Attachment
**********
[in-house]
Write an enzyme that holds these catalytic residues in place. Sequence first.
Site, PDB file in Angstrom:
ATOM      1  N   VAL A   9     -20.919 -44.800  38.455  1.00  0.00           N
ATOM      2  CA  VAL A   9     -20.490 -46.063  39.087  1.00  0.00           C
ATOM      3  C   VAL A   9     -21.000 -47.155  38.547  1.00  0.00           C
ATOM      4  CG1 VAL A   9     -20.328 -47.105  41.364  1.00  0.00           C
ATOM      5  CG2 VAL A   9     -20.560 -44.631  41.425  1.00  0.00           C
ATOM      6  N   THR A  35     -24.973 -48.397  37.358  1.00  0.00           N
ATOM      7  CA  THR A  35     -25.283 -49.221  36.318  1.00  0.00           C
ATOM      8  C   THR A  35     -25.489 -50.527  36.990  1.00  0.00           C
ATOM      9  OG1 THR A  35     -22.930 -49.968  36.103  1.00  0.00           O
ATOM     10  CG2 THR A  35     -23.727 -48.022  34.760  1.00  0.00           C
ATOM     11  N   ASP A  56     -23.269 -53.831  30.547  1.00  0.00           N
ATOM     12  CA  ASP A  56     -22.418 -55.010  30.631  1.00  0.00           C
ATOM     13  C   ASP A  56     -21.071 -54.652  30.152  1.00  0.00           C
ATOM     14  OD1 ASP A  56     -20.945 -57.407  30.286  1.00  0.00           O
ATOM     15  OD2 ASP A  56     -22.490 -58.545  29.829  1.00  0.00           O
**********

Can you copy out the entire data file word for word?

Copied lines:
[in-house]
Write an enzyme that holds these catalytic residues in place. Sequence first.
Site, PDB file in Angstrom:
ATOM      1  N   VAL A   9     -20.919 -44.800  38.455  1.00  0.00           N
ATOM      2  CA  VAL A   9     -20.490 -46.063  39.087  1.00  0.00           C
ATOM      3  C   VAL A   9     -21.000 -47.155  38.547  1.00  0.00           C
ATOM      4  CG1 VAL A   9     -20.328 -47.105  41.364  1.00  0.00           C
ATOM      5  CG2 VAL A   9     -20.560 -44.631  41.425  1.00  0.00           C
ATOM      6  N   THR A  35     -24.973 -48.397  37.358  1.00  0.00           N
ATOM      7  CA  THR A  35     -25.283 -49.221  36.318  1.00  0.00           C
ATOM      8  C   THR A  35     -25.489 -50.527  36.990  1.00  0.00           C
ATOM      9  OG1 THR A  35     -22.930 -49.968  36.103  1.00  0.00           O
ATOM     10  CG2 THR A  35     -23.727 -48.022  34.760  1.00  0.00           C
ATOM     11  N   ASP A  56     -23.269 -53.831  30.547  1.00  0.00           N
ATOM     12  CA  ASP A  56     -22.418 -55.010  30.631  1.00  0.00           C
ATOM     13  C   ASP A  56     -21.071 -54.652  30.152  1.00  0.00           C
ATOM     14  OD1 ASP A  56     -20.945 -57.407  30.286  1.00  0.00           O
ATOM     15  OD2 ASP A  56     -22.490 -58.545  29.829  1.00  0.00           O